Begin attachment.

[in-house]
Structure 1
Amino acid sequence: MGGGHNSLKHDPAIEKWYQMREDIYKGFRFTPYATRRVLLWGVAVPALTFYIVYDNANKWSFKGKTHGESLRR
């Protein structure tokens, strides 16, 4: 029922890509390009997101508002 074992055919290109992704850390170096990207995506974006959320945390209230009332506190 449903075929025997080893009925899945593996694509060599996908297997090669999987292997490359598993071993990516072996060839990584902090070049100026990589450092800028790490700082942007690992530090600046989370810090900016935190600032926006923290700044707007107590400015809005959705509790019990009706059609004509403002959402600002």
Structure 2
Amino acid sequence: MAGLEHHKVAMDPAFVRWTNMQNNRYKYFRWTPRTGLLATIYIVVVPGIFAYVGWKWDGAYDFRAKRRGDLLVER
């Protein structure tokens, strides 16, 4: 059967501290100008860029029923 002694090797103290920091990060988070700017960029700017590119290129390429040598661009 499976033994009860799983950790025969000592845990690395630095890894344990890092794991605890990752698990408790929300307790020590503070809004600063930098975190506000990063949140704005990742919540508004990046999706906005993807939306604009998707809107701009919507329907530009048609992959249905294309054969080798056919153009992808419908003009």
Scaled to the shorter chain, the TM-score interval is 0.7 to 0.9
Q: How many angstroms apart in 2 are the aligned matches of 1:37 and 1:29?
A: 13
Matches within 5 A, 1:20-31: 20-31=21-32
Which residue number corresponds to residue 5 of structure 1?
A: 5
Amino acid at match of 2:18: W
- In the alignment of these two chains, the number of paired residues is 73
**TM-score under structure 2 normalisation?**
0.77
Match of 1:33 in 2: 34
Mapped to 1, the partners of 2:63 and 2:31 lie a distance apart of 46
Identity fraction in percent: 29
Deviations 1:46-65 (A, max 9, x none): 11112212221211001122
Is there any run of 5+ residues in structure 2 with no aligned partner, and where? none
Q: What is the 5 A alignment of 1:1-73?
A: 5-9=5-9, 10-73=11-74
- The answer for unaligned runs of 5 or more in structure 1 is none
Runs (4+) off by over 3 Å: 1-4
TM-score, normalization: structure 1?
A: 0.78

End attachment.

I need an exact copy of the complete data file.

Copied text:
[in-house]
Structure 1
Amino acid sequence: MGGGHNSLKHDPAIEKWYQMREDIYKGFRFTPYATRRVLLWGVAVPALTFYIVYDNANKWSFKGKTHGESLRR
């Protein structure tokens, strides 16, 4: 029922890509390009997101508002 074992055919290109992704850390170096990207995506974006959320945390209230009332506190 449903075929025997080893009925899945593996694509060599996908297997090669999987292997490359598993071993990516072996060839990584902090070049100026990589450092800028790490700082942007690992530090600046989370810090900016935190600032926006923290700044707007107590400015809005959705509790019990009706059609004509403002959402600002």
Structure 2
Amino acid sequence: MAGLEHHKVAMDPAFVRWTNMQNNRYKYFRWTPRTGLLATIYIVVVPGIFAYVGWKWDGAYDFRAKRRGDLLVER
């Protein structure tokens, strides 16, 4: 059967501290100008860029029923 002694090797103290920091990060988070700017960029700017590119290129390429040598661009 499976033994009860799983950790025969000592845990690395630095890894344990890092794991605890990752698990408790929300307790020590503070809004600063930098975190506000990063949140704005990742919540508004990046999706906005993807939306604009998707809107701009919507329907530009048609992959249905294309054969080798056919153009992808419908003009």
Scaled to the shorter chain, the TM-score interval is 0.7 to 0.9
Q: How many angstroms apart in 2 are the aligned matches of 1:37 and 1:29?
A: 13
Matches within 5 A, 1:20-31: 20-31=21-32
Which residue number corresponds to residue 5 of structure 1?
A: 5
Amino acid at match of 2:18: W
- In the alignment of these two chains, the number of paired residues is 73
**TM-score under structure 2 normalisation?**
0.77
Match of 1:33 in 2: 34
Mapped to 1, the partners of 2:63 and 2:31 lie a distance apart of 46
Identity fraction in percent: 29
Deviations 1:46-65 (A, max 9, x none): 11112212221211001122
Is there any run of 5+ residues in structure 2 with no aligned partner, and where? none
Q: What is the 5 A alignment of 1:1-73?
A: 5-9=5-9, 10-73=11-74
- The answer for unaligned runs of 5 or more in structure 1 is none
Runs (4+) off by over 3 Å: 1-4
TM-score, normalization: structure 1?
A: 0.78